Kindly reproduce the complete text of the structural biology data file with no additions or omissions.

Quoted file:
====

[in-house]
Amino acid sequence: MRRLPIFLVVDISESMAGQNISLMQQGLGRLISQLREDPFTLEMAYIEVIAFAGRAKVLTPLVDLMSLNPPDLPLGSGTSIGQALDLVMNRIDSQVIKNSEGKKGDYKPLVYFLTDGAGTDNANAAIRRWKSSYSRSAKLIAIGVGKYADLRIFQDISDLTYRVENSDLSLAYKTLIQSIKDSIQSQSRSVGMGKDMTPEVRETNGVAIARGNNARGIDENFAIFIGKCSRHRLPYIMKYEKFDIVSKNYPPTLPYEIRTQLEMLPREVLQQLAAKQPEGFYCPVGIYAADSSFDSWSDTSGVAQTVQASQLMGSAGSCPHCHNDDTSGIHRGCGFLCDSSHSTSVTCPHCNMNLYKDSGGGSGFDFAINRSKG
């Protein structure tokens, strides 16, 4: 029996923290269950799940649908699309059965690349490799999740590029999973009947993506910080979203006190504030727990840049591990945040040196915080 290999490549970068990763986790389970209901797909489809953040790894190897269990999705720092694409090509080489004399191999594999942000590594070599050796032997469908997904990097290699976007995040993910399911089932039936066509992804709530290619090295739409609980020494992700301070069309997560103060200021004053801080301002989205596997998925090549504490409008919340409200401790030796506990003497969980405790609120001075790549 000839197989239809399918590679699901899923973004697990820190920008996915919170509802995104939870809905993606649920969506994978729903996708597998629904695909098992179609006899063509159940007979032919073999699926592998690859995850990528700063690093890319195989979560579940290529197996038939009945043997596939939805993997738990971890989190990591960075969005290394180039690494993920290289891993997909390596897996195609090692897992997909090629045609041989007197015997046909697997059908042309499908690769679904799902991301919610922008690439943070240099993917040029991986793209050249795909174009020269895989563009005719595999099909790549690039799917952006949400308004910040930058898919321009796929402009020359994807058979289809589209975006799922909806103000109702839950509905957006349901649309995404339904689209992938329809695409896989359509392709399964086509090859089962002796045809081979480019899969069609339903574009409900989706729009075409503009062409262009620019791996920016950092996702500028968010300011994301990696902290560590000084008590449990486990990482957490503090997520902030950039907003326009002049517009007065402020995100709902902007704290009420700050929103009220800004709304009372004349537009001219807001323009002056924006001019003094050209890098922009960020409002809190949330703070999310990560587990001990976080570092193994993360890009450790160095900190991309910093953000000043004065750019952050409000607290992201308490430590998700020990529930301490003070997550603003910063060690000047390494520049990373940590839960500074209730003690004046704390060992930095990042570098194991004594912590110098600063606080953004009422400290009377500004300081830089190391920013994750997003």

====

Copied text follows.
[in-house]
Amino acid sequence: MRRLPIFLVVDISESMAGQNISLMQQGLGRLISQLREDPFTLEMAYIEVIAFAGRAKVLTPLVDLMSLNPPDLPLGSGTSIGQALDLVMNRIDSQVIKNSEGKKGDYKPLVYFLTDGAGTDNANAAIRRWKSSYSRSAKLIAIGVGKYADLRIFQDISDLTYRVENSDLSLAYKTLIQSIKDSIQSQSRSVGMGKDMTPEVRETNGVAIARGNNARGIDENFAIFIGKCSRHRLPYIMKYEKFDIVSKNYPPTLPYEIRTQLEMLPREVLQQLAAKQPEGFYCPVGIYAADSSFDSWSDTSGVAQTVQASQLMGSAGSCPHCHNDDTSGIHRGCGFLCDSSHSTSVTCPHCNMNLYKDSGGGSGFDFAINRSKG
């Protein structure tokens, strides 16, 4: 029996923290269950799940649908699309059965690349490799999740590029999973009947993506910080979203006190504030727990840049591990945040040196915080 290999490549970068990763986790389970209901797909489809953040790894190897269990999705720092694409090509080489004399191999594999942000590594070599050796032997469908997904990097290699976007995040993910399911089932039936066509992804709530290619090295739409609980020494992700301070069309997560103060200021004053801080301002989205596997998925090549504490409008919340409200401790030796506990003497969980405790609120001075790549 000839197989239809399918590679699901899923973004697990820190920008996915919170509802995104939870809905993606649920969506994978729903996708597998629904695909098992179609006899063509159940007979032919073999699926592998690859995850990528700063690093890319195989979560579940290529197996038939009945043997596939939805993997738990971890989190990591960075969005290394180039690494993920290289891993997909390596897996195609090692897992997909090629045609041989007197015997046909697997059908042309499908690769679904799902991301919610922008690439943070240099993917040029991986793209050249795909174009020269895989563009005719595999099909790549690039799917952006949400308004910040930058898919321009796929402009020359994807058979289809589209975006799922909806103000109702839950509905957006349901649309995404339904689209992938329809695409896989359509392709399964086509090859089962002796045809081979480019899969069609339903574009409900989706729009075409503009062409262009620019791996920016950092996702500028968010300011994301990696902290560590000084008590449990486990990482957490503090997520902030950039907003326009002049517009007065402020995100709902902007704290009420700050929103009220800004709304009372004349537009001219807001323009002056924006001019003094050209890098922009960020409002809190949330703070999310990560587990001990976080570092193994993360890009450790160095900190991309910093953000000043004065750019952050409000607290992201308490430590998700020990529930301490003070997550603003910063060690000047390494520049990373940590839960500074209730003690004046704390060992930095990042570098194991004594912590110098600063606080953004009422400290009377500004300081830089190391920013994750997003």